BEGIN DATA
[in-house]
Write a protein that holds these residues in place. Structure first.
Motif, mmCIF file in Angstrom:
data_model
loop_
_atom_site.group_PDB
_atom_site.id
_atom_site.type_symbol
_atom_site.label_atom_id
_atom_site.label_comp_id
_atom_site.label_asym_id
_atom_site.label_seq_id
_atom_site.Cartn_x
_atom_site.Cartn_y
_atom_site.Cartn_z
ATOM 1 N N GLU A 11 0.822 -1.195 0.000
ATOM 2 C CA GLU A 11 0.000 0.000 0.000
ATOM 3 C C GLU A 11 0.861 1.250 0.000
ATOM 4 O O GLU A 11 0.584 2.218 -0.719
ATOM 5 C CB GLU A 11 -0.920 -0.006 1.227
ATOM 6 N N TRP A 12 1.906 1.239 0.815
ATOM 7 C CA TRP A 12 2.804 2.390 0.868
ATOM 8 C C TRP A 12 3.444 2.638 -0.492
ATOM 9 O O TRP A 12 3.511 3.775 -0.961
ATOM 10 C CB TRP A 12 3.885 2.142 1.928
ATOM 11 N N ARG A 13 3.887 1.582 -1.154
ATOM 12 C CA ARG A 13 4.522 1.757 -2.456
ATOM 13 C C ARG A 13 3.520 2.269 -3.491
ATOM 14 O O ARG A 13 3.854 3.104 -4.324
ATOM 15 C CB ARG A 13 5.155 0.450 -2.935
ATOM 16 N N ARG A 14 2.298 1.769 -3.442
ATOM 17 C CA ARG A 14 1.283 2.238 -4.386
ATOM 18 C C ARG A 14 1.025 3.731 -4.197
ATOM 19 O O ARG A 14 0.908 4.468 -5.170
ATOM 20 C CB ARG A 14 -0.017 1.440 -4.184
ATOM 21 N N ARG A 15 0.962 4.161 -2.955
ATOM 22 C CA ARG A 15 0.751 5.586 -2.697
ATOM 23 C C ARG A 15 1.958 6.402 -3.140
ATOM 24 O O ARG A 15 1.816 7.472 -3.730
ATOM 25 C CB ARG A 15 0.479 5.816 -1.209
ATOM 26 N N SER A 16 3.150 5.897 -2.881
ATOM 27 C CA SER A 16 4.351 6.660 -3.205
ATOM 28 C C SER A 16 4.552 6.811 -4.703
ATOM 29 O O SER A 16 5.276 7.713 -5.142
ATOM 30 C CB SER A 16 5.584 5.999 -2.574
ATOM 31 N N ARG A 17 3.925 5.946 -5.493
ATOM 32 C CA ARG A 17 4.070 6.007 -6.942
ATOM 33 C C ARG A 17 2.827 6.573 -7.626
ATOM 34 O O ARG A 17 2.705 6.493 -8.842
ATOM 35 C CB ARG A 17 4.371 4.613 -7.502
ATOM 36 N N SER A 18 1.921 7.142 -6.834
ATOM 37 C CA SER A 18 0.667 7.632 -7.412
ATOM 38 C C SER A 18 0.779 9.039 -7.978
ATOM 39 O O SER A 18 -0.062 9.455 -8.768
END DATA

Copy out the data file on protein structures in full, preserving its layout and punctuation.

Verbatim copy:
[in-house]
Write a protein that holds these residues in place. Structure first.
Motif, mmCIF file in Angstrom:
data_model
loop_
_atom_site.group_PDB
_atom_site.id
_atom_site.type_symbol
_atom_site.label_atom_id
_atom_site.label_comp_id
_atom_site.label_asym_id
_atom_site.label_seq_id
_atom_site.Cartn_x
_atom_site.Cartn_y
_atom_site.Cartn_z
ATOM 1 N N GLU A 11 0.822 -1.195 0.000
ATOM 2 C CA GLU A 11 0.000 0.000 0.000
ATOM 3 C C GLU A 11 0.861 1.250 0.000
ATOM 4 O O GLU A 11 0.584 2.218 -0.719
ATOM 5 C CB GLU A 11 -0.920 -0.006 1.227
ATOM 6 N N TRP A 12 1.906 1.239 0.815
ATOM 7 C CA TRP A 12 2.804 2.390 0.868
ATOM 8 C C TRP A 12 3.444 2.638 -0.492
ATOM 9 O O TRP A 12 3.511 3.775 -0.961
ATOM 10 C CB TRP A 12 3.885 2.142 1.928
ATOM 11 N N ARG A 13 3.887 1.582 -1.154
ATOM 12 C CA ARG A 13 4.522 1.757 -2.456
ATOM 13 C C ARG A 13 3.520 2.269 -3.491
ATOM 14 O O ARG A 13 3.854 3.104 -4.324
ATOM 15 C CB ARG A 13 5.155 0.450 -2.935
ATOM 16 N N ARG A 14 2.298 1.769 -3.442
ATOM 17 C CA ARG A 14 1.283 2.238 -4.386
ATOM 18 C C ARG A 14 1.025 3.731 -4.197
ATOM 19 O O ARG A 14 0.908 4.468 -5.170
ATOM 20 C CB ARG A 14 -0.017 1.440 -4.184
ATOM 21 N N ARG A 15 0.962 4.161 -2.955
ATOM 22 C CA ARG A 15 0.751 5.586 -2.697
ATOM 23 C C ARG A 15 1.958 6.402 -3.140
ATOM 24 O O ARG A 15 1.816 7.472 -3.730
ATOM 25 C CB ARG A 15 0.479 5.816 -1.209
ATOM 26 N N SER A 16 3.150 5.897 -2.881
ATOM 27 C CA SER A 16 4.351 6.660 -3.205
ATOM 28 C C SER A 16 4.552 6.811 -4.703
ATOM 29 O O SER A 16 5.276 7.713 -5.142
ATOM 30 C CB SER A 16 5.584 5.999 -2.574
ATOM 31 N N ARG A 17 3.925 5.946 -5.493
ATOM 32 C CA ARG A 17 4.070 6.007 -6.942
ATOM 33 C C ARG A 17 2.827 6.573 -7.626
ATOM 34 O O ARG A 17 2.705 6.493 -8.842
ATOM 35 C CB ARG A 17 4.371 4.613 -7.502
ATOM 36 N N SER A 18 1.921 7.142 -6.834
ATOM 37 C CA SER A 18 0.667 7.632 -7.412
ATOM 38 C C SER A 18 0.779 9.039 -7.978
ATOM 39 O O SER A 18 -0.062 9.455 -8.768